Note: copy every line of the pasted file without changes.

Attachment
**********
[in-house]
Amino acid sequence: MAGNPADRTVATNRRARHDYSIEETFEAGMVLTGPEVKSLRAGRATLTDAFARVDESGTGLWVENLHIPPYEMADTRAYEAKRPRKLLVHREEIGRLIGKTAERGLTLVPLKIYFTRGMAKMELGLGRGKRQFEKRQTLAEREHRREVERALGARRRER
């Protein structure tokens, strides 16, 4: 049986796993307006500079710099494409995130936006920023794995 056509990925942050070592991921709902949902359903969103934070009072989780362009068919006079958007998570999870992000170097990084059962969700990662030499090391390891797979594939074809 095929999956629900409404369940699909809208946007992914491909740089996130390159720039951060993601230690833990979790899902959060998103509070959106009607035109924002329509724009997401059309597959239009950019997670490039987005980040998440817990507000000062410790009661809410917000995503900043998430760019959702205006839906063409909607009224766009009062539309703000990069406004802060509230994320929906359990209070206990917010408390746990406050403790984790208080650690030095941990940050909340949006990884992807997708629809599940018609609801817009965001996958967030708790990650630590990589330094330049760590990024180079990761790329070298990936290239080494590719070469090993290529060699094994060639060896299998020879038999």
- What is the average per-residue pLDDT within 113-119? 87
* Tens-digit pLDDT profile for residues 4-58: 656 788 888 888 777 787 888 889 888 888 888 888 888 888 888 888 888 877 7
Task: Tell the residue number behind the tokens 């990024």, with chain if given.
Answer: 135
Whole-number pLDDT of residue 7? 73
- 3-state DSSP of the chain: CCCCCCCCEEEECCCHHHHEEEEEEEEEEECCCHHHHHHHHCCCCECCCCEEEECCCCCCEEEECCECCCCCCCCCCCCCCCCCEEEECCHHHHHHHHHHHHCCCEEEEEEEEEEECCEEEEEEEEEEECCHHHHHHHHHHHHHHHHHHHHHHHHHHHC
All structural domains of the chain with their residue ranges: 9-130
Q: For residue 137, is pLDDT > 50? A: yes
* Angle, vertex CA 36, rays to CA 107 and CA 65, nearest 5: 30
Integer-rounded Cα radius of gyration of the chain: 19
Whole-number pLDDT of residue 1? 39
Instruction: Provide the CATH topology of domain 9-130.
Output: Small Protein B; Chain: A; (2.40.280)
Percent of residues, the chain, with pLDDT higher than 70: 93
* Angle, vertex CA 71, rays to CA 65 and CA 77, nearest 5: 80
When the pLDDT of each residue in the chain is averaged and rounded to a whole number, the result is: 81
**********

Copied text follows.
[in-house]
Amino acid sequence: MAGNPADRTVATNRRARHDYSIEETFEAGMVLTGPEVKSLRAGRATLTDAFARVDESGTGLWVENLHIPPYEMADTRAYEAKRPRKLLVHREEIGRLIGKTAERGLTLVPLKIYFTRGMAKMELGLGRGKRQFEKRQTLAEREHRREVERALGARRRER
């Protein structure tokens, strides 16, 4: 049986796993307006500079710099494409995130936006920023794995 056509990925942050070592991921709902949902359903969103934070009072989780362009068919006079958007998570999870992000170097990084059962969700990662030499090391390891797979594939074809 095929999956629900409404369940699909809208946007992914491909740089996130390159720039951060993601230690833990979790899902959060998103509070959106009607035109924002329509724009997401059309597959239009950019997670490039987005980040998440817990507000000062410790009661809410917000995503900043998430760019959702205006839906063409909607009224766009009062539309703000990069406004802060509230994320929906359990209070206990917010408390746990406050403790984790208080650690030095941990940050909340949006990884992807997708629809599940018609609801817009965001996958967030708790990650630590990589330094330049760590990024180079990761790329070298990936290239080494590719070469090993290529060699094994060639060896299998020879038999």
- What is the average per-residue pLDDT within 113-119? 87
* Tens-digit pLDDT profile for residues 4-58: 656 788 888 888 777 787 888 889 888 888 888 888 888 888 888 888 888 877 7
Task: Tell the residue number behind the tokens 């990024």, with chain if given.
Answer: 135
Whole-number pLDDT of residue 7? 73
- 3-state DSSP of the chain: CCCCCCCCEEEECCCHHHHEEEEEEEEEEECCCHHHHHHHHCCCCECCCCEEEECCCCCCEEEECCECCCCCCCCCCCCCCCCCEEEECCHHHHHHHHHHHHCCCEEEEEEEEEEECCEEEEEEEEEEECCHHHHHHHHHHHHHHHHHHHHHHHHHHHC
All structural domains of the chain with their residue ranges: 9-130
Q: For residue 137, is pLDDT > 50? A: yes
* Angle, vertex CA 36, rays to CA 107 and CA 65, nearest 5: 30
Integer-rounded Cα radius of gyration of the chain: 19
Whole-number pLDDT of residue 1? 39
Instruction: Provide the CATH topology of domain 9-130.
Output: Small Protein B; Chain: A; (2.40.280)
Percent of residues, the chain, with pLDDT higher than 70: 93
* Angle, vertex CA 71, rays to CA 65 and CA 77, nearest 5: 80
When the pLDDT of each residue in the chain is averaged and rounded to a whole number, the result is: 81